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Abstract Detail


Genomics / Proteomics

dePamphilis, Claude W. [1], Zahn, Laura [1], Chanderbali, Andre [2], Cui, Liying [1], Wall, P. Kerr [1], Duarte, Jill Ricker [1], Zhang, Qing [3], Tian, Donglan [1], Hu, Yi [1], Landherr, Lena [1], Altman, Naomi [3], Leebens-Mack, Jim [1], Ma, Hong [1], Lindsay, Bruce G. [3], Soltis, Douglas E. [4], Soltis, Pamela S. [2], Oppenheimer, David [2], Carlson, John [5], Albert, Victor A. [6], Frohlich, Mike [7].

The Floral Genome Project: An overview and selected current findings.

VARIATIONS in floral structure are of major evolutionary and economic importance, impacting various plant processes such as pollination and gene flow, fruit production, and seed dispersal. Despite the central importance of the flower in plant biology, and huge strides made in understanding the molecular genetic basis of flower development in a growing number of model species, many fundamental questions concerning the origin and diversification of flowers remain. The Floral Genome Project ( http://www.floralgenome.org) is investigating the origin and diversification of the flower using an "Evolutionary Genomic" approach involving exemplars for basal angiosperm groups (Amborella, Nuphar, Liriodendron, Persea, Saruma) where most flower diversity is found, as well as basal monocot (Acorus) and eudicot (Eschscholzia) and other more derived lineages, and gymnosperm outgroups. To date, over 100,000 ESTs have been generated from cDNA libraries derived from reproductive organs in these species ( http://pgn.cornell.edu/). More than 75,000 new genes have been tagged, providing new sequence resources to help bridge the gaps between currently sequenced plant model systems. Although incomplete samples of the floral transcriptome, these sequences are the first examples of most regulatory gene families in the basal angiosperms. I will present a brief overview of the project and some of our current findings focusing on the sequence data, the central importance of genome duplication in angiosperm history, application of FGP sequences to plant phylogenetics, and insights gained from microarray expression studies that are helping to identify the genes that define floral organs and how they have diversified through angiosperm history.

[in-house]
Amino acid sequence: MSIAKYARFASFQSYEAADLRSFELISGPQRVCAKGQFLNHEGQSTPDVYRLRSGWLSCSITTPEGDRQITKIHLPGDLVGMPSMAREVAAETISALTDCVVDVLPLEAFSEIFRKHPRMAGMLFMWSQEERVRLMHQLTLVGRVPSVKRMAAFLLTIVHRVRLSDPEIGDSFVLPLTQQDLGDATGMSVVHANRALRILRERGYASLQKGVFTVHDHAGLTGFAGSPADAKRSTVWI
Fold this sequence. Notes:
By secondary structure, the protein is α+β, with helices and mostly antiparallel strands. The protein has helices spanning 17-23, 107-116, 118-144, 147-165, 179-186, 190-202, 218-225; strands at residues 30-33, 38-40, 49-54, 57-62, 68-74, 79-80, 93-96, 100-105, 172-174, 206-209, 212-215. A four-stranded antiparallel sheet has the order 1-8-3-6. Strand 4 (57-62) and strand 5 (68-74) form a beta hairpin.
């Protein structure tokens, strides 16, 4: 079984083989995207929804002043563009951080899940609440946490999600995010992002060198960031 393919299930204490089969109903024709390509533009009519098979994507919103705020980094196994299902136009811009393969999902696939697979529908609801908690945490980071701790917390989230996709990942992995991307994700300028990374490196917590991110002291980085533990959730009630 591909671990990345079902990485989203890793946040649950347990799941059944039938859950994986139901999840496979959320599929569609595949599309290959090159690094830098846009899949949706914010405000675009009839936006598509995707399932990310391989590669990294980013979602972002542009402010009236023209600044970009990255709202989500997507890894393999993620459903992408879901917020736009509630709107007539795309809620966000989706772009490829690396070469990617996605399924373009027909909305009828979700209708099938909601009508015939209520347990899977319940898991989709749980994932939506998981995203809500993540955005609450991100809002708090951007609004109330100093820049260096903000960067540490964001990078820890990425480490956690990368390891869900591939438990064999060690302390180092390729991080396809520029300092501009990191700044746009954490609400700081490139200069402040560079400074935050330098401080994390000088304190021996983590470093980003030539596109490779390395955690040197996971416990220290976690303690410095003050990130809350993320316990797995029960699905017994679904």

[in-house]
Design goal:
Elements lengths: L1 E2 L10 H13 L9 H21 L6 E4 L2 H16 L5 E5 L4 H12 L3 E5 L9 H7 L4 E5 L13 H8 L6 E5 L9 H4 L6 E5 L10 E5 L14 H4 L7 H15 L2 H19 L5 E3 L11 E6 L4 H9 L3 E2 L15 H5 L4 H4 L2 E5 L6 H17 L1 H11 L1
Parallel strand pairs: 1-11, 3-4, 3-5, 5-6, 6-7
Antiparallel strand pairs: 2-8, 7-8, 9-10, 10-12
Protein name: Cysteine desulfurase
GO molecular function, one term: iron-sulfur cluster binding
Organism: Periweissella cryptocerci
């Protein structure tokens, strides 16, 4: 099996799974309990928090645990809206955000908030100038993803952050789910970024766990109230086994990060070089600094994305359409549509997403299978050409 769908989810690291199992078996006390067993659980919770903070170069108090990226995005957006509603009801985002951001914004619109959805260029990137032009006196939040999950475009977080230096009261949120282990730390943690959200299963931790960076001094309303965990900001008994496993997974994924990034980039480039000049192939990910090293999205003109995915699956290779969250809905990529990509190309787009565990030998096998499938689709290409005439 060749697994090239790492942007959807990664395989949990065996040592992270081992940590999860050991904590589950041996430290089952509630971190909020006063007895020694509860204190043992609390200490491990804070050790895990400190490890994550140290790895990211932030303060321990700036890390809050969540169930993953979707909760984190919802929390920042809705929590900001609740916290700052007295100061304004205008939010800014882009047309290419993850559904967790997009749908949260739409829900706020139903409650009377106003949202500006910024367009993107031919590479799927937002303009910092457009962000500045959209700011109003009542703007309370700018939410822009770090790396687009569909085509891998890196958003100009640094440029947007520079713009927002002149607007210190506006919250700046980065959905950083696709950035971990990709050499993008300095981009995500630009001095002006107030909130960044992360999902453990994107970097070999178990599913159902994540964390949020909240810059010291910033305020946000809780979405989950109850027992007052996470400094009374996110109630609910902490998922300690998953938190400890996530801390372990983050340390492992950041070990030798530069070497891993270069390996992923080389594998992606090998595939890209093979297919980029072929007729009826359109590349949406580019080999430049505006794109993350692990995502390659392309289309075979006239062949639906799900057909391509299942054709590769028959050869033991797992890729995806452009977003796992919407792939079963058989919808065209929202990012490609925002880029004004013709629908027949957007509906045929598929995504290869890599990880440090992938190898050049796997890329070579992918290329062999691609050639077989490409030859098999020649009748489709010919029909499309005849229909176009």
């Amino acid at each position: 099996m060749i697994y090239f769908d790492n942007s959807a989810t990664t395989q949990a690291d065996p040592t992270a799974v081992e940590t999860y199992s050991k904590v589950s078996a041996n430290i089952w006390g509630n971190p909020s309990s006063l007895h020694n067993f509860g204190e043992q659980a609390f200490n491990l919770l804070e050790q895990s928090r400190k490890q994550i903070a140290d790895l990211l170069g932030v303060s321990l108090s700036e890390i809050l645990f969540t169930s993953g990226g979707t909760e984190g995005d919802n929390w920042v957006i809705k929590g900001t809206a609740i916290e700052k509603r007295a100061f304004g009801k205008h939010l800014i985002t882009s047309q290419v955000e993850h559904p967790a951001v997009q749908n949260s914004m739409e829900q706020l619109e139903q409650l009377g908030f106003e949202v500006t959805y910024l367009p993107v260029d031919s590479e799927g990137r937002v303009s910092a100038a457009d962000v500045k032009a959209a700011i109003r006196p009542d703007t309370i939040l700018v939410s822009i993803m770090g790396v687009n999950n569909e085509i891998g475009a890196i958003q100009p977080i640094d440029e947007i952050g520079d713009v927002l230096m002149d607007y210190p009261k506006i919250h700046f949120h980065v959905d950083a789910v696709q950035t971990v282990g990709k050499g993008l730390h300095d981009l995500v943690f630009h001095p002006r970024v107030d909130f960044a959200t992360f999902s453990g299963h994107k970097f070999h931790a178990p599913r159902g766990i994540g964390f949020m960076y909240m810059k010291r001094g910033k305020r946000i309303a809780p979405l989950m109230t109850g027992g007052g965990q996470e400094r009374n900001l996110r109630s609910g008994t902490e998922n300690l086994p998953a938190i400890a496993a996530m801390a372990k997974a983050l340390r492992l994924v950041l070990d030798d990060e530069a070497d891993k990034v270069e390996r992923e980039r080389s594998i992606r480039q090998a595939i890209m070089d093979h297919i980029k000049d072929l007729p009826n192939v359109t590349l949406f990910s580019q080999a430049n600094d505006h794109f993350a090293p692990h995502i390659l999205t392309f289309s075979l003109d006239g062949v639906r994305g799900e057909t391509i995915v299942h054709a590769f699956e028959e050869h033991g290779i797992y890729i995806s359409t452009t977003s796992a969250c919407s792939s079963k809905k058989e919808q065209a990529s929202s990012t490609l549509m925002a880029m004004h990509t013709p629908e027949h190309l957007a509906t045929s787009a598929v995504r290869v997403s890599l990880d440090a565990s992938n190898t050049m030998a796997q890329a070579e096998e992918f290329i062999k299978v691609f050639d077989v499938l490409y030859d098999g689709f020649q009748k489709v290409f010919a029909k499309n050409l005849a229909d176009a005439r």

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Related Links:
Floral Genome Project
Plant Genome Network


1 - Pennsylvania State University, Department of Biology, Institute of Molecular Evolutionary Genetics, and The Huck Institutes of the Life Sciences, University Park, Pennsylvania, 16802, USA
2 - University of Florida, Department of Botany, Florida Museum of Natural History, P.O. Box 117800, Gainesville, Florida, 32611-7800, USA
3 - Pennsylvania State University, Department of Statistics, University Park, Pennsylvania, 16802, USA
4 - University of Florida, Department of Botany, 220 Bartram Hall, P.O. Box 118526, Gainesville, Florida, 32611-8526, USA
5 - Pennsylvania State University, School of Forest Resources, and the Huck Institutes of the Life Sciences, University Park, Pennsylvania, 16802, USA
6 - University of Oslo, Botanical Garden, Natural History Museums and Botanical Garden, P.O. Box 1172 Blindern, Oslo, NO-0318, Norway
7 - Natural History Museum, Department of Botany, Cromwell Road, London, SW7 5BD, England

Keywords:
Genomics
evo-devo
gene trees.

Presentation Type: Oral Paper:Papers for Topics
Session: 61-3
Location: 268/Holt
Date: Tuesday, August 1st, 2006
Time: 3:45 PM
Abstract ID:736


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